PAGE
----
BlackBerry Passport's striking square design and the physical QWERTY keyboard are very unique and have the potential to create a new trend in the technology world. This ambitious design combined with killer phablet features is expected to be released in September alongside iPhone 6 and Samsung Galaxy Note 4. Also, a brand new video showcases the ability of BlackBerry Passport's physical QWERTY keyboard doubling as a touchpad.
In addition to the touchpad feature, the ability to scroll web pages by sweeping the finger slightly on the keyboard is a helpful addition. Also, the BlackBerry Passport lets users to double tap the QWERTY keyboard to place the cursor in the required spot on the display, says Phone Arena. Interested readers can scroll down to check out the 2 minutes hands-on video uploaded in YouTube.
Other salient features include a 4.5-inches display bundled with a resolution of 1,440 x 1,440 pixels and a pixel density of 453 ppi. The device will be powered by a quad-core Snapdragon 800 processor with a powerful 3 GB of RAM. In addition, the Passport is expected to sport 13 MP rear-facing camera, and a 2 MP front-facing shooter.
Furthermore, the device will house a solid 3450 mAh battery unit and 32 GB of internal storage capacity. The phablet will also come with microSD card support for memory expansion up to 64 GB. The BlackBerry Passport will run on BlackBerry 10.3 OS with the company's very own personal digital assistant dubbed "BlackBerry Assistant" packed out-of-the-box. Additionally, this device supports NFC, along with the standard connectivity options.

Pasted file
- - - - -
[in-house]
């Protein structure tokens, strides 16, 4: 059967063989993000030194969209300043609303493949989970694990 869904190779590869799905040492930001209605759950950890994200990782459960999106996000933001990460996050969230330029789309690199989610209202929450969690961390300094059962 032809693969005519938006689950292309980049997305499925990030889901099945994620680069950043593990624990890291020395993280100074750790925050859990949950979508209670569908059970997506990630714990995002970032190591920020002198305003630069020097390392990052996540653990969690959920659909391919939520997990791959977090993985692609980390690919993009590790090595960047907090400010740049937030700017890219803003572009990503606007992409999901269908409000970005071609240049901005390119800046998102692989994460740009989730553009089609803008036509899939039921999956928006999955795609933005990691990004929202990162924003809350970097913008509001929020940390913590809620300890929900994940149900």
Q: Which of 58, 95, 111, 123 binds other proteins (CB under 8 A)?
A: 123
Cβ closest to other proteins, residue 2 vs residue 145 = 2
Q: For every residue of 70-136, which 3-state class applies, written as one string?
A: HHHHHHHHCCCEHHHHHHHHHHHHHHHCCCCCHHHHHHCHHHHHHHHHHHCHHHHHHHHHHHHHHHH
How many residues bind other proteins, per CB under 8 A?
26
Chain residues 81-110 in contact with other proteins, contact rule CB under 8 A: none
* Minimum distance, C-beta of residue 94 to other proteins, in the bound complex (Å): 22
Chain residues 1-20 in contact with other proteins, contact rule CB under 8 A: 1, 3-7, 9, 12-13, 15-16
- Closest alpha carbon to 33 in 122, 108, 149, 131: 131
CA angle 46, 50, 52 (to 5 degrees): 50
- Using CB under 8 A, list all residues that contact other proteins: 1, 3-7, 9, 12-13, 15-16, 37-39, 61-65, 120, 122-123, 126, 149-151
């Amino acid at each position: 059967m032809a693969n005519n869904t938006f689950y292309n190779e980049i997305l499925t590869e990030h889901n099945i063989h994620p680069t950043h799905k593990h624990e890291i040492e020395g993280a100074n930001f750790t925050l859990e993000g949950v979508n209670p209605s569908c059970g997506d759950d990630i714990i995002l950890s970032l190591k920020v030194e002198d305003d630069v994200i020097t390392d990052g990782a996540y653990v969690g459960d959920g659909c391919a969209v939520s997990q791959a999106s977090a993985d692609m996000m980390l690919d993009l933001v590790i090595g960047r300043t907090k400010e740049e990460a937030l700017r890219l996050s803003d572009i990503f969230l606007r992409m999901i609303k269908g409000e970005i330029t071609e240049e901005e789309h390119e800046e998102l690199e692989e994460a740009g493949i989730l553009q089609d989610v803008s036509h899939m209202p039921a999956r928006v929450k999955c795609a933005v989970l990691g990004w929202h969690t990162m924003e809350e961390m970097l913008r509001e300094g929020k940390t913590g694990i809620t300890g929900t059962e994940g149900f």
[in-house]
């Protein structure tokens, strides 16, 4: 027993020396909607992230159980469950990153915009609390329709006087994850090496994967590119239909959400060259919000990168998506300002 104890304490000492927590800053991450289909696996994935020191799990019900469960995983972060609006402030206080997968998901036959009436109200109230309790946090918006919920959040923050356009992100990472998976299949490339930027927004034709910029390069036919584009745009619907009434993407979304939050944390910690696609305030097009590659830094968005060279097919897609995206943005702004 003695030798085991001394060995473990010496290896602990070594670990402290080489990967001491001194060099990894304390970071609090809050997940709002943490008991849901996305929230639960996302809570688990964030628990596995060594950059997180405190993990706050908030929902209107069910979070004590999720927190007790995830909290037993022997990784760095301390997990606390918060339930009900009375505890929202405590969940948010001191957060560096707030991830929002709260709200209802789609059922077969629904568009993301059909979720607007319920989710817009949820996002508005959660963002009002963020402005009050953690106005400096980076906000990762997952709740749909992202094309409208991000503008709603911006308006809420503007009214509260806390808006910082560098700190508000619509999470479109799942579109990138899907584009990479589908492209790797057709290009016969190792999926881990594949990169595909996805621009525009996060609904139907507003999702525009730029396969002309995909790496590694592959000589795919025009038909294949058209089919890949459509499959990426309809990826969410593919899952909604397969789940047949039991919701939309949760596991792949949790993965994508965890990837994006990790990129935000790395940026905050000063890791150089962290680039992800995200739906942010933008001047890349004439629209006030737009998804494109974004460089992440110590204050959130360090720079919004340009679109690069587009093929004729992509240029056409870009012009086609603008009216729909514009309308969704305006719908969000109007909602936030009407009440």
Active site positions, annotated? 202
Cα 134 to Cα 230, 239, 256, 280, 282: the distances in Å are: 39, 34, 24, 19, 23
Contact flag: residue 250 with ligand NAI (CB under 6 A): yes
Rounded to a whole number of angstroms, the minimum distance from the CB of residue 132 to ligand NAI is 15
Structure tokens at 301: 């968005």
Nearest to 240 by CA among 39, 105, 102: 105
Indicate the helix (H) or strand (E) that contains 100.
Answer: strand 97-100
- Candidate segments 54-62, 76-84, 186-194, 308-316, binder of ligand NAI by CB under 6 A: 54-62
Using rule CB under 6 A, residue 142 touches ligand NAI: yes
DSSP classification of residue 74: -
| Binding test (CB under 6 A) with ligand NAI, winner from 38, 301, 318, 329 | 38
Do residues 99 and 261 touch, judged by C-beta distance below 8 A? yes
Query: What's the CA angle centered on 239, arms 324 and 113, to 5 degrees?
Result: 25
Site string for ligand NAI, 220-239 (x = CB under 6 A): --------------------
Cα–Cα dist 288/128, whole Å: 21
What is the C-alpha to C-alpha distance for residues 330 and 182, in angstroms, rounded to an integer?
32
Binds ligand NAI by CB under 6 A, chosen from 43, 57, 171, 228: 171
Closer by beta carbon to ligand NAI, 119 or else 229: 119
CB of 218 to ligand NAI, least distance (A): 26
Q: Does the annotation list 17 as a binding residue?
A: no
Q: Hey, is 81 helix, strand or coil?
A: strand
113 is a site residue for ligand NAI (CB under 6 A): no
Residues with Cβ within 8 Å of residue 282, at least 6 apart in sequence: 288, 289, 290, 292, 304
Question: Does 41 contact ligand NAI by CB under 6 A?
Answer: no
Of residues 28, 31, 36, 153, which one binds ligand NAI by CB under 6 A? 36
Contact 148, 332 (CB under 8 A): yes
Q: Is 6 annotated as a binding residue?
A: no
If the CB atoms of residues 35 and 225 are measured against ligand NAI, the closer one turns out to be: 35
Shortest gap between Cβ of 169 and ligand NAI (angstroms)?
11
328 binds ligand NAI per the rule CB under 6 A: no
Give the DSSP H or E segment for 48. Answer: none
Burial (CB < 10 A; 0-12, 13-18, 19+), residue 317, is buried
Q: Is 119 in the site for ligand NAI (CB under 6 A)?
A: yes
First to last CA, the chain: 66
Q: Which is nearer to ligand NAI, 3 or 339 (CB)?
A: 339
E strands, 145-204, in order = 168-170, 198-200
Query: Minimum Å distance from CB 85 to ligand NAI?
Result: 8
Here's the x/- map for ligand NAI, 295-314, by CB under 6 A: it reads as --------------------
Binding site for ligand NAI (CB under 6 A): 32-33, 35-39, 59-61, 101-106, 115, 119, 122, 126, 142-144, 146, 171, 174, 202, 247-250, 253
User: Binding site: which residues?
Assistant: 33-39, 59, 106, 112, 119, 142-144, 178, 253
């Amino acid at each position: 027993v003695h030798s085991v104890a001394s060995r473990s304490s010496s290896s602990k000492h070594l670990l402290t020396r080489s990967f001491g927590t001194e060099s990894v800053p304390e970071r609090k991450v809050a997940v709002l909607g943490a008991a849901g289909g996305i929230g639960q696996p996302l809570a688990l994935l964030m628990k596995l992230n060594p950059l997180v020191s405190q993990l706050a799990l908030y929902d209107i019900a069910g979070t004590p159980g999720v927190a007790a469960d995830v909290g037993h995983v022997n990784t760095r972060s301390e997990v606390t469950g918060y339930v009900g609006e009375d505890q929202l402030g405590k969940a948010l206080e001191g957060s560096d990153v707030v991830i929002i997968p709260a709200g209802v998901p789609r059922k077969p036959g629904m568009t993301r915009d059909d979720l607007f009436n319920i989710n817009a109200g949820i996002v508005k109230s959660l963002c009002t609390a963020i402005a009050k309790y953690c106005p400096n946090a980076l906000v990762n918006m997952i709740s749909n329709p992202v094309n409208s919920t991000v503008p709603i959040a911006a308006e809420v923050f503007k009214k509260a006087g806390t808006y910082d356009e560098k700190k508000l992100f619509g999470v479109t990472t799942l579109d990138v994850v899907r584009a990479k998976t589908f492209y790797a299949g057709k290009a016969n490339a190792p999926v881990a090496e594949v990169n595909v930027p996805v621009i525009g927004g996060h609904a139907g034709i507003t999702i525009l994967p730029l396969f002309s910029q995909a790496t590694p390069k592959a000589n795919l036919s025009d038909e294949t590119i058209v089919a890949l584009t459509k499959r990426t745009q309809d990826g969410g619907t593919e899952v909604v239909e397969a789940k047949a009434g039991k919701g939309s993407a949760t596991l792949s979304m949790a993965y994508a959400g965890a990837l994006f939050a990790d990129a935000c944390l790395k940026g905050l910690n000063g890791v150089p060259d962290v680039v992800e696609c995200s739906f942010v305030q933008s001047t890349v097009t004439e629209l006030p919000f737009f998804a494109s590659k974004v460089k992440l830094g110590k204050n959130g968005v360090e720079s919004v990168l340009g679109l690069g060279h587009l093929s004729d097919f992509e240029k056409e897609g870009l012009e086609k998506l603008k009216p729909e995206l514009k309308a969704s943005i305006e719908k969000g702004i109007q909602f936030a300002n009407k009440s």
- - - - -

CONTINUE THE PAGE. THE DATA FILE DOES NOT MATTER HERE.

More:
The BlackBerry is always known for its optimized battery unit. Therefore the Passport could very well have enough battery charge to run all day without requiring a recharge. Furthermore, the phablet comes equipped with BlackBerry Natural Sound that helps improve the quality of phone calls. Also, there are a total of four microphones on the device, which helps in reducing the external noise levels. The BlackBerry Passport also houses stereo speakers, says Phone Arena.
In addition to allowing minimal gesture controls on the display, the virtual keys on the screen rely on the context of what is being used at the moment. Say for example, when a user is typing down an email, the "@" key will be visible automatically based on the context.
Here is the video uploaded by a YouTube user named Sultan AlFardan:
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